Legal Aid. Definition. Legal aid is state-funded legal representation, advice and assistance, usually carried out by a solicitor or a barrister It is available since 1949
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Definition • Legal aid is state-funded legal representation, advice and assistance, usually carried out by a solicitor or a barrister • It is available since 1949 • Today it is administered by the Legal Services Commission (LSC): The Community Legal Service for civil cases and The Criminal Defence Service for criminal cases
LSC • The LSC was established in 1999 • It runs the legal aid scheme in England and Wales • Their work is overseen by the Ministry of Justice • The annual legal budget is set by the Treasury (currently £2 billion budget) • Community Legal Advice is the helpline offering free, confidential and independent legal advice
About legal aid • The government provides funding for legal aid to help people: • Protect their basic rights and get a fair hearing – the rule of law • Access the court process to sort out disputes • Solve problems that contribute to social exclusion
Who can get legal aid? • People of limited means: persons who are receiving income support or income based jobseeker’s allowance • Every applicant has to provide a statement about their income and capital • Capital should not exceed £8,000 • If a client provides false information, public funding is taken away
Who can provide legal aid? • Solicitors or advice agencies that hold a contract with the LSC • In the earlier systems, any solicitor could provide legal assistance and then claim fees from the State
The LSC provides help through 5,400 solicitors’ offices and not-for-profit advice agencies and funds 5,578 Duty Solicitors to provide advice at police stations and Magistrates’ Courts
Social justice • In a democratic society all citizens have a right to access justice and get a fair trial • The LSC helps people understand their legal obligations and if necessary enforce their legal rights
Translation • Translate the following statement: • Many people are reluctant to take a matter to law; they fear they may be involved in heavy costs and end up worse off then before. • Do you agree with that statement?
History of legal aid • Legal aid was born on July 30, 1949 • Legal Advice and Assistance Act was passed in 1972 – the services of a solicitor became obtainable for work not necessarily involving litigation • Legal Aid Act 1988 brought various changes of legal aid, including the introduction of means and merit test • Access to Justice Act 1999 established the Legal Services Commission
Means and merit test • Means test – to see if the applicant is sufficiently finacially disadvantaged to be eligible for legal aid • Merit test – the case is evaluated in order to establish whether it it is relevant enough to receive public funding
Access to Justice Act 1999 • Changed legal aid by introducing new criteria and selection mechanisms • It established the main authority for the organisation and provision of legal aid – the Legal Services Commission
How legal aid is changing • Legal services are being transformed by: • Working only with providers whose commitment and quality is trusted • Contracted firms undergo regular audits • Changing the way providers are paid • Cutting administration costs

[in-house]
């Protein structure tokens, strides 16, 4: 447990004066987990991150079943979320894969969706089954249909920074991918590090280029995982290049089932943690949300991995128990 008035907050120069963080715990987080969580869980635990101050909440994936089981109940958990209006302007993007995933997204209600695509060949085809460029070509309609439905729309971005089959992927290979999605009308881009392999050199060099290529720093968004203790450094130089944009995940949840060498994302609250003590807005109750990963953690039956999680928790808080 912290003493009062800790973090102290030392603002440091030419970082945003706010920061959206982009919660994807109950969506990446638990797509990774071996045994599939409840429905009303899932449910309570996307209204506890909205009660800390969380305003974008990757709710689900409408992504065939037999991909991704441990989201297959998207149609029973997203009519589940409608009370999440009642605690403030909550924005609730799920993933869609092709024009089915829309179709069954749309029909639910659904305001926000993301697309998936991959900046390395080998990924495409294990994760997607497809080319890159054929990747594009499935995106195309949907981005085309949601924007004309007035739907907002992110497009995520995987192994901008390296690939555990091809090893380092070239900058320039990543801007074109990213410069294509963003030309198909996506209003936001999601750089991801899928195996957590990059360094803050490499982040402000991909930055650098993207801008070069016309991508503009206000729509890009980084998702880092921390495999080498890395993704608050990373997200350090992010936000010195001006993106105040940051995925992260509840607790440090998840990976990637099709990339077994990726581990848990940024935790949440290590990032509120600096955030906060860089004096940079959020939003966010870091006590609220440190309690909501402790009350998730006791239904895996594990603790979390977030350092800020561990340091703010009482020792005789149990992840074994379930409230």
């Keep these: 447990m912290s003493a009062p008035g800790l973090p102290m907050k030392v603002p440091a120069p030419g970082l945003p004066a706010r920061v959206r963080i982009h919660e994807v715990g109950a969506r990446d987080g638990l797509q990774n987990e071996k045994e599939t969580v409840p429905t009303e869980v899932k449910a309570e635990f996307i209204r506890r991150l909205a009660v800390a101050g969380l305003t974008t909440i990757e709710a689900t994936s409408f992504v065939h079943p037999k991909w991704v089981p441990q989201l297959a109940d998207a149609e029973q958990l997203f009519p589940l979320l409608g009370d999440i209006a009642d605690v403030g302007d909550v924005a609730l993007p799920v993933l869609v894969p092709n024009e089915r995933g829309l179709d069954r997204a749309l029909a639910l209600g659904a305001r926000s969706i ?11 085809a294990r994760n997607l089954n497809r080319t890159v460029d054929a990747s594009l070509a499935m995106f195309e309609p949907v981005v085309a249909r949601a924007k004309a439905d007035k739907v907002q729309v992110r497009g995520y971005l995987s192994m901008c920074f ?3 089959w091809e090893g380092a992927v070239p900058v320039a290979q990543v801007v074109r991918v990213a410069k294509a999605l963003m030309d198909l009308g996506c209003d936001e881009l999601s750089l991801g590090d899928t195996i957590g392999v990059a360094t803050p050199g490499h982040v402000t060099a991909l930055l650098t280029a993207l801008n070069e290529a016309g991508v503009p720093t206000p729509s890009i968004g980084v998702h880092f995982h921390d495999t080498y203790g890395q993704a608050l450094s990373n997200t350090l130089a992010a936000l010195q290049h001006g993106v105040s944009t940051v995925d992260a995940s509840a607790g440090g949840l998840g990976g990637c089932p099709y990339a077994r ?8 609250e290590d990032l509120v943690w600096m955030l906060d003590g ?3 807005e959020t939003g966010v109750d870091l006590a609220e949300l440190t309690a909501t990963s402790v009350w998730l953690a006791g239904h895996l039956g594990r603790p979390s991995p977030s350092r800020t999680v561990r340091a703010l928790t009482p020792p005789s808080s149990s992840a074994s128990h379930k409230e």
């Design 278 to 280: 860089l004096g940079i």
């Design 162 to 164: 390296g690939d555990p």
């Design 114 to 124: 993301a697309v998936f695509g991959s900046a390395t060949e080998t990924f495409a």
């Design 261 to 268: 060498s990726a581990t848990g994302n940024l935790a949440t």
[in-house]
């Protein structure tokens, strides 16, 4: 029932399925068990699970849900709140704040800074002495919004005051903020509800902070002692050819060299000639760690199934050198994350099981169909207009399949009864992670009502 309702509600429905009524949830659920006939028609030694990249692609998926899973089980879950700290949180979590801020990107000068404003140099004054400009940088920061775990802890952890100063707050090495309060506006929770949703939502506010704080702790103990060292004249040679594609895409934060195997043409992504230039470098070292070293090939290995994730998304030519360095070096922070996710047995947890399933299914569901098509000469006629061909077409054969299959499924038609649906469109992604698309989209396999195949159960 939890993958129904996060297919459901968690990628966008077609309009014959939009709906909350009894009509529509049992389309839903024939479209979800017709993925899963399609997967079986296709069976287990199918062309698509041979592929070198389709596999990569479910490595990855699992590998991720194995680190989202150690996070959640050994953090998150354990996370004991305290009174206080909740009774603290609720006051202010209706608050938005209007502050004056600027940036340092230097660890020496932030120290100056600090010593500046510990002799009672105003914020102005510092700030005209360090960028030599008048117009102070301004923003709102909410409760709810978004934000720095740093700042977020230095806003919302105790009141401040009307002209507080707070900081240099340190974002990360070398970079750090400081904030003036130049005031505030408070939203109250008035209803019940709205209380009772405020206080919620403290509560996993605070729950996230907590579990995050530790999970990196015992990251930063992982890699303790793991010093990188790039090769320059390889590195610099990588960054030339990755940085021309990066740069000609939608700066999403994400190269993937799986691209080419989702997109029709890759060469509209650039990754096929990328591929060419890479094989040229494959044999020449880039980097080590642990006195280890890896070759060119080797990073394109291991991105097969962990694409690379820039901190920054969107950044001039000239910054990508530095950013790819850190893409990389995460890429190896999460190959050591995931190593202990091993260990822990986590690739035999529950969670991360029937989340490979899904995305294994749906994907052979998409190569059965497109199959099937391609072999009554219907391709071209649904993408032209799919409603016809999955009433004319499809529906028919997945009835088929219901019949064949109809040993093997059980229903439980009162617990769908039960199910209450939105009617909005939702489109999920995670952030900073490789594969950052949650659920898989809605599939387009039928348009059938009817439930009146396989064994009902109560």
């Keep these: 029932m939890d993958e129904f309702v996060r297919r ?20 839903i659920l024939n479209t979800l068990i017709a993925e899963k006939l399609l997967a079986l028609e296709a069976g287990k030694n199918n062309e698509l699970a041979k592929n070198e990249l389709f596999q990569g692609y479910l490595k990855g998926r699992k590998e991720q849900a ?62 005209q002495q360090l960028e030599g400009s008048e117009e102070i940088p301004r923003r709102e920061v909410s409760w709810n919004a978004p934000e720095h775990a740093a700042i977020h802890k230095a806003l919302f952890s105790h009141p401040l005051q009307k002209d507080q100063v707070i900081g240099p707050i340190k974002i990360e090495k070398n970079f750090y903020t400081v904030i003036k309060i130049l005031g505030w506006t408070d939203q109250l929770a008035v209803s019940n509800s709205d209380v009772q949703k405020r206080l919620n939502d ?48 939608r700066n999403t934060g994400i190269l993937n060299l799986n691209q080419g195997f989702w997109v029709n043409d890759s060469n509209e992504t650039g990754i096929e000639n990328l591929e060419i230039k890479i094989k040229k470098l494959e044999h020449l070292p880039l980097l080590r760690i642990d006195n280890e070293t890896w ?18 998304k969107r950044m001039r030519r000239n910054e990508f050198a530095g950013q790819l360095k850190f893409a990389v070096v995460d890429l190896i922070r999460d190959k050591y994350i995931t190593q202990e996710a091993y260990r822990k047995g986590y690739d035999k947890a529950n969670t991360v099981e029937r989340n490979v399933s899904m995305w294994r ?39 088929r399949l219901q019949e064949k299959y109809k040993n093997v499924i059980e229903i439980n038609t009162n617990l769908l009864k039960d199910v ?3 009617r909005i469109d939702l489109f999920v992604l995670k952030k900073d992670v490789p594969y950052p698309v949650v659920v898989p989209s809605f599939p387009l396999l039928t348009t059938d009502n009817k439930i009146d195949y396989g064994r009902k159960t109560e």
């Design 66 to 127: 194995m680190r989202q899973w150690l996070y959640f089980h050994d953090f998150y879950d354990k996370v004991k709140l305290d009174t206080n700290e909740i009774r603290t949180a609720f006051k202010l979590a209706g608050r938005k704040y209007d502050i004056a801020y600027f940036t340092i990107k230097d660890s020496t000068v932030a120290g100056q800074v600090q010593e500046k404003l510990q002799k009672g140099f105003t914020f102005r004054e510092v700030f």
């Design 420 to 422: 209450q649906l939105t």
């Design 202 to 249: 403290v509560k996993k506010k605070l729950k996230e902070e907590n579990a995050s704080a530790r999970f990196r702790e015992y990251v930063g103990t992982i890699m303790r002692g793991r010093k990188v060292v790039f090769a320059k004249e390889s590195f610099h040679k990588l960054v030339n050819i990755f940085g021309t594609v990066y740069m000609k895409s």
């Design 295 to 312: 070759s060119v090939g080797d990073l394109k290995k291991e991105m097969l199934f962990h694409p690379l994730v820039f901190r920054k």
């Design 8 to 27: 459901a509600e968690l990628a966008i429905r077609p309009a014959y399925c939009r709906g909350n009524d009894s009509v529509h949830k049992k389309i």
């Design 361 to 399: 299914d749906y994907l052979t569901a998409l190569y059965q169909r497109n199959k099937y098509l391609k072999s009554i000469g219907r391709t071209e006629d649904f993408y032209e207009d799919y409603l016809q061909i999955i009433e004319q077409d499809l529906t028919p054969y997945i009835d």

Benefits for the clients • Shorter cases as solicitors and advisors are able to make their own decisions • Less form filling • More information early on the case • A stronger relation with the solicitor or advisor
Types of legal aid in civil and criminal matters • Legal help – giving advice, writing letters or preparing a written case for the court • Help at court – a solicitor can appear in court on a client’s behalf without formally acting for them in the whole proceedings • Family mediation – help with disputes relating to children, money and property out of court • Legal representation – representing a client in court
Legal aid funding Funding is available for expensive cases, cases involving human rights issues, housing, family disputes, immigration etc. It is not available for wills, defamation, claims of personal injury, boundary disputes, company law etc.
Vocabulary • Legal aid – pravna pomoć • People of limited means – ljudi ograničenih sredstava • Fair trial – pošteno suđenje • Means test – provjera imovinske sposobnosti • Merit test – provjera opravdanosti zahtjeva • Litigation – parničenje • Jobseeker’s allowance – naknada za nezaposlene • Family mediation – obiteljsko posredovanje • Defamation - kleveta
Vocabulary exercise • Legal aid is a system by which those below a certain _______ can receive free or subsidized legal representation or advice. In _______ cases, it is paid for mainly from public funds. In _______ cases, costs will usually be met from the costs awarded by the court. It was _________ in Britain in 1949, and is now covered in Scotland by the Legal Aid (Scotland) Act (1986), and in England and Wales by the Legal Aid Act (1988). The high ________ of legal advice is placing strain on the scheme.
Answer key • Legal aid is a system by which those below a certain income can receive free or subsidized legal representation or advice. In criminal cases, it is paid for mainly from public funds. In civil cases, costs will usually be met from the costs awarded by the court. It was introduced in Britain in 1949, and is now covered in Scotland by the Legal Aid (Scotland) Act (1986), and in England and Wales by the Legal Aid Act (1988). The high cost of legal advice is placing strain on the scheme.